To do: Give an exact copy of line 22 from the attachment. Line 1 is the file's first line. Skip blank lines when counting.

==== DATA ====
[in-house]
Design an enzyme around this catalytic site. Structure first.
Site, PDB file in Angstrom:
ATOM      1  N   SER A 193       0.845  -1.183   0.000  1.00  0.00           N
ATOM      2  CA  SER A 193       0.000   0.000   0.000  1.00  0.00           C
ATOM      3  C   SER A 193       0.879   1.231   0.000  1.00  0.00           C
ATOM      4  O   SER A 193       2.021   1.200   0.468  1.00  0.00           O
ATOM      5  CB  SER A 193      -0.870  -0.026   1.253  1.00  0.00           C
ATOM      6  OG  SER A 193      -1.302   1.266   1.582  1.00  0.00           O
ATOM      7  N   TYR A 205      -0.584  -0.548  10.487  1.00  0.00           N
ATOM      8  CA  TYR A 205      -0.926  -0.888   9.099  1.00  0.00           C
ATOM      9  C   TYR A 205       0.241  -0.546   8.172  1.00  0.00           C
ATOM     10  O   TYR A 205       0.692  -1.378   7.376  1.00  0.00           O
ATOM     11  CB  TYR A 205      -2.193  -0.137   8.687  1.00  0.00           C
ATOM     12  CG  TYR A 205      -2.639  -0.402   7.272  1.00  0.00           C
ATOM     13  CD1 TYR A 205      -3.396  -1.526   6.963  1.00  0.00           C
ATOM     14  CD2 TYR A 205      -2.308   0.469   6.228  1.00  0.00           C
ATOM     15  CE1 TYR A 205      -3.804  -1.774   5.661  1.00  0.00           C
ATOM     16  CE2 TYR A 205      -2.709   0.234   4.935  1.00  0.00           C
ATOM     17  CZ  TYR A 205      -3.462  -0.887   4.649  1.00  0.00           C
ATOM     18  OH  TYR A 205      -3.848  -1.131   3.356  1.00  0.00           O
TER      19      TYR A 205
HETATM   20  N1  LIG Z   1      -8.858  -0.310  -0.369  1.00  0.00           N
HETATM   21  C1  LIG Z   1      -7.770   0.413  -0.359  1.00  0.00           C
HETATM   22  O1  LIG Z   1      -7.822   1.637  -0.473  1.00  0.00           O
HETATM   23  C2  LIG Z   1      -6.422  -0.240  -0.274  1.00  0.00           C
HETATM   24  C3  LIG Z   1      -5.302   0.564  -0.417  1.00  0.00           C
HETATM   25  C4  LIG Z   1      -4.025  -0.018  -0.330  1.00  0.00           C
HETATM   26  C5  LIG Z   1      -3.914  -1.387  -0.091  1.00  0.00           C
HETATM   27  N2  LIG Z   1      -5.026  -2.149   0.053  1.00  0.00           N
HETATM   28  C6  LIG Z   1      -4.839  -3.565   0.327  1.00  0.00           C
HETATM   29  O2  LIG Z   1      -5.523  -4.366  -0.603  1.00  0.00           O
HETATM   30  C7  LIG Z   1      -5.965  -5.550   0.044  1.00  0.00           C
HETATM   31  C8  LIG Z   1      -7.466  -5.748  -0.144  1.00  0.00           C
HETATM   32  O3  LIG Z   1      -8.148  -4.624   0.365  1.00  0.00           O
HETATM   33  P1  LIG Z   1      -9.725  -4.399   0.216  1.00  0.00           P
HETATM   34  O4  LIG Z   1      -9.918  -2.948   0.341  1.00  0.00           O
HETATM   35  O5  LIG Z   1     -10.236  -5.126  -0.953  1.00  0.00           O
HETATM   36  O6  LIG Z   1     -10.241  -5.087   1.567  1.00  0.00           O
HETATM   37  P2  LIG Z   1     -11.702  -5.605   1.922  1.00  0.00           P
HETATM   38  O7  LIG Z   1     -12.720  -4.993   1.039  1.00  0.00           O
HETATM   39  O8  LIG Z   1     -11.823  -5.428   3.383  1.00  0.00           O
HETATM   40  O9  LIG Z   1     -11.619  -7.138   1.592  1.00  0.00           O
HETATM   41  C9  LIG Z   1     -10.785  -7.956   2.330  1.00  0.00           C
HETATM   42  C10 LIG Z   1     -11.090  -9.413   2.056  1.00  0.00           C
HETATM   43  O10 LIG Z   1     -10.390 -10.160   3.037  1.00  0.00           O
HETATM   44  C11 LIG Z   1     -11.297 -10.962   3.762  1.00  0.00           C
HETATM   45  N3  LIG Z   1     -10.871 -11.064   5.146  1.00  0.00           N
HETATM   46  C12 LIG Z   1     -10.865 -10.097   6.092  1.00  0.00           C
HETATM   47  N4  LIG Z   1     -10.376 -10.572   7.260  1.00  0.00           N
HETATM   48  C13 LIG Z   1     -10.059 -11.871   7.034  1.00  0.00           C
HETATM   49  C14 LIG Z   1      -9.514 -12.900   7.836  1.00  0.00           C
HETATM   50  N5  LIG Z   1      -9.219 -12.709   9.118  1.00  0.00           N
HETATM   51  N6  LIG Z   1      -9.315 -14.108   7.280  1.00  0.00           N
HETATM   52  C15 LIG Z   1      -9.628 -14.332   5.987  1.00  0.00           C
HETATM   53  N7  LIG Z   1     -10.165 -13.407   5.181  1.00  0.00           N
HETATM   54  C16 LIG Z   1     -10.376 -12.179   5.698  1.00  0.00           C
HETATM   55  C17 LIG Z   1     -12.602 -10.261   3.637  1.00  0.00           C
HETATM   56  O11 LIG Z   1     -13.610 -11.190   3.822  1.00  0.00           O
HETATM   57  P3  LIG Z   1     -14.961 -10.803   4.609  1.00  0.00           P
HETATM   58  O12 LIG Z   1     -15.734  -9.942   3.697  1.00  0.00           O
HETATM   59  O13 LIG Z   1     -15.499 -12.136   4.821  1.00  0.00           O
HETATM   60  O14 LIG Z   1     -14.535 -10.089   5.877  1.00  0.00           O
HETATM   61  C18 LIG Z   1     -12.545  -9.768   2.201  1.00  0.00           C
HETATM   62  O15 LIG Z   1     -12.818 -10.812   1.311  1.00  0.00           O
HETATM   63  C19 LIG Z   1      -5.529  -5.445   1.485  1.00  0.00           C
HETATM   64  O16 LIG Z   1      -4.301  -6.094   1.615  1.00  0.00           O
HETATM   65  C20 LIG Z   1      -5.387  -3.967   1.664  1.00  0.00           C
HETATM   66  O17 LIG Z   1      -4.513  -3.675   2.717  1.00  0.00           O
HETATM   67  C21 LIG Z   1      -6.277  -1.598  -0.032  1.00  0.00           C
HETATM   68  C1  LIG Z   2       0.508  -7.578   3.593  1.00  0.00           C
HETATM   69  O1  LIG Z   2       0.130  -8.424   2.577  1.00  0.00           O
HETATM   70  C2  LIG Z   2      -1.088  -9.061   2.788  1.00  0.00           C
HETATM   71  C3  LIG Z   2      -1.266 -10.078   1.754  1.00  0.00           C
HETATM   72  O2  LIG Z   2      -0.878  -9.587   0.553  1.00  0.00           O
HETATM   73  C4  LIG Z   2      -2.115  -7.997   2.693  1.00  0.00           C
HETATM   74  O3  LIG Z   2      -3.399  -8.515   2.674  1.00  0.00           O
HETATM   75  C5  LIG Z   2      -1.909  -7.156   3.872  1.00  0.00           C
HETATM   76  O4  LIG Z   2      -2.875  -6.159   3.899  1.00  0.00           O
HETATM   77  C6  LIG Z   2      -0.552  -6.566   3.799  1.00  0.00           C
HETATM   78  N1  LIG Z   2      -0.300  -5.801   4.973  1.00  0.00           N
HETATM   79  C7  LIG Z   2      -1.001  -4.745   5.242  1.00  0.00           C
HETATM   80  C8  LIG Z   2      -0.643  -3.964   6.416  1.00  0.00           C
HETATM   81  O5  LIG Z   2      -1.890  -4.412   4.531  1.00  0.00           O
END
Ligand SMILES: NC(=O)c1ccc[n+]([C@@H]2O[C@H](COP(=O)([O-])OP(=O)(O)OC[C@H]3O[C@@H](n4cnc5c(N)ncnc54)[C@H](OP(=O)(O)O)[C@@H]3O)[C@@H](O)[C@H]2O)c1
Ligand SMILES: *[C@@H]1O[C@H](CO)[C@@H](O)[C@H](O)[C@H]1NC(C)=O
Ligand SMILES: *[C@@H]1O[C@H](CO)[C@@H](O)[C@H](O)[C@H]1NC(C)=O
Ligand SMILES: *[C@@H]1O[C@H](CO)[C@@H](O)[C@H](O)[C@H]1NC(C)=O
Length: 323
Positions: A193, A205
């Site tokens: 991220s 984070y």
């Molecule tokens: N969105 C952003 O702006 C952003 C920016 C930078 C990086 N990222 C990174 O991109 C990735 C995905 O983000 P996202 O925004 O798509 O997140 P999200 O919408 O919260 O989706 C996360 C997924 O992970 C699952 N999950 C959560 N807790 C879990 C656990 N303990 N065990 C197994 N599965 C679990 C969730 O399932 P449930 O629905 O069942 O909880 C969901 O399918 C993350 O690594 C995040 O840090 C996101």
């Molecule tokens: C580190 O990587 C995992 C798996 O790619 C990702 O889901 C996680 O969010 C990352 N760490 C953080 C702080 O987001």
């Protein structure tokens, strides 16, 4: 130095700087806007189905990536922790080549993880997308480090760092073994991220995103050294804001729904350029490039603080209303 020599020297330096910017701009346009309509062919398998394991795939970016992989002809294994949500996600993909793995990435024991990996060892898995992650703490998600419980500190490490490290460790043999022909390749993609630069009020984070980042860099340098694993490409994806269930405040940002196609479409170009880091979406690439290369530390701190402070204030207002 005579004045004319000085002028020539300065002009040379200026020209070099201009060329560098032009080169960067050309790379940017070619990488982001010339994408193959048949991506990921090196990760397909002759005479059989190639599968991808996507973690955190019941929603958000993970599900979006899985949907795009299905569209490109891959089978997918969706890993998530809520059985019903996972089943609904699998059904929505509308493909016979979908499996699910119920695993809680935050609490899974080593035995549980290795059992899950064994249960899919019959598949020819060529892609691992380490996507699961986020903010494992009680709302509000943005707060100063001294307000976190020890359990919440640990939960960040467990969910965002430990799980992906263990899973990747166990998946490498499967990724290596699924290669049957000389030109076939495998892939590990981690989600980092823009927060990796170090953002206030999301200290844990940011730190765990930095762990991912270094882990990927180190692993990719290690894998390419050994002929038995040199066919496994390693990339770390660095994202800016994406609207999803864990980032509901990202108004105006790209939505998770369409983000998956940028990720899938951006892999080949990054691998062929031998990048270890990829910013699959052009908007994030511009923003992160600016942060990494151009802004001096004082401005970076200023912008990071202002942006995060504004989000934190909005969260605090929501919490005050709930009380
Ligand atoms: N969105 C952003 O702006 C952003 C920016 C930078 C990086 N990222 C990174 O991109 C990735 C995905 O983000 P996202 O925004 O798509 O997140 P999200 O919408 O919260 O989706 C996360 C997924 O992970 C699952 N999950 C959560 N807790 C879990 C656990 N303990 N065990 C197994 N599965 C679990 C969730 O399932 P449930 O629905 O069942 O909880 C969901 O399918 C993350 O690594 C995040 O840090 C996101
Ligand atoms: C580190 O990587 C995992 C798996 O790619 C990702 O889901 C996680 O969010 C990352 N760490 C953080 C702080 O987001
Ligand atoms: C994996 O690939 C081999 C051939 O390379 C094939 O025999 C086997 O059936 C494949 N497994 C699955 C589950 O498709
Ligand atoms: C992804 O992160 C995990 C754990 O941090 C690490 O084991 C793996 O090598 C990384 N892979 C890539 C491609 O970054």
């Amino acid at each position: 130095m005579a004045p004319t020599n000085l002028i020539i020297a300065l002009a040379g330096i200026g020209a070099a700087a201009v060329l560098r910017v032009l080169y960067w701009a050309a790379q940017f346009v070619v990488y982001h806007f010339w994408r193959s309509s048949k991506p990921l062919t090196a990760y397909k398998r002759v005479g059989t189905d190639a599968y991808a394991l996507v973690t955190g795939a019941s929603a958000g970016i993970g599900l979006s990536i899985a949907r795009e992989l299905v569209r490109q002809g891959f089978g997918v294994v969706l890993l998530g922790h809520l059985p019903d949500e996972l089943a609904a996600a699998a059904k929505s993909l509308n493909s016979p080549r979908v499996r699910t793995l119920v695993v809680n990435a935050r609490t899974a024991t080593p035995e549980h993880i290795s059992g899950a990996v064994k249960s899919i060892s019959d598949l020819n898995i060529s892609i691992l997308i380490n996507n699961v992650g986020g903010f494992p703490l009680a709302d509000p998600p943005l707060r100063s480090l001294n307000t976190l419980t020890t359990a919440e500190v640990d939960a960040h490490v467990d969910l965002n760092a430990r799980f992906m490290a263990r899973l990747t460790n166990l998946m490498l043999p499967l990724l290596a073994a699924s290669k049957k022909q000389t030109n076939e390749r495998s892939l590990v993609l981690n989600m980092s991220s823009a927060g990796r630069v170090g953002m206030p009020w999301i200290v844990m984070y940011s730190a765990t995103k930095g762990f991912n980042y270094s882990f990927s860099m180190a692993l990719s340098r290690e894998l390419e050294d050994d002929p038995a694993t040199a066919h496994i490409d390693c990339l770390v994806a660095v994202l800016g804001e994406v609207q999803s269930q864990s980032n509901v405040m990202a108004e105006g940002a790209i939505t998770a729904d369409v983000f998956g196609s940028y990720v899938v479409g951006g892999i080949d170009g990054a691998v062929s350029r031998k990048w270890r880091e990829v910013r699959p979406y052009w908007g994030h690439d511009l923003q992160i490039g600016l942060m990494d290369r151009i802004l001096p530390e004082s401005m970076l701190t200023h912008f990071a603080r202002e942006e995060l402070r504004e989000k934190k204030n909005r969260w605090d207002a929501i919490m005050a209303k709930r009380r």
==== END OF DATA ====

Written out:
TER      19      TYR A 205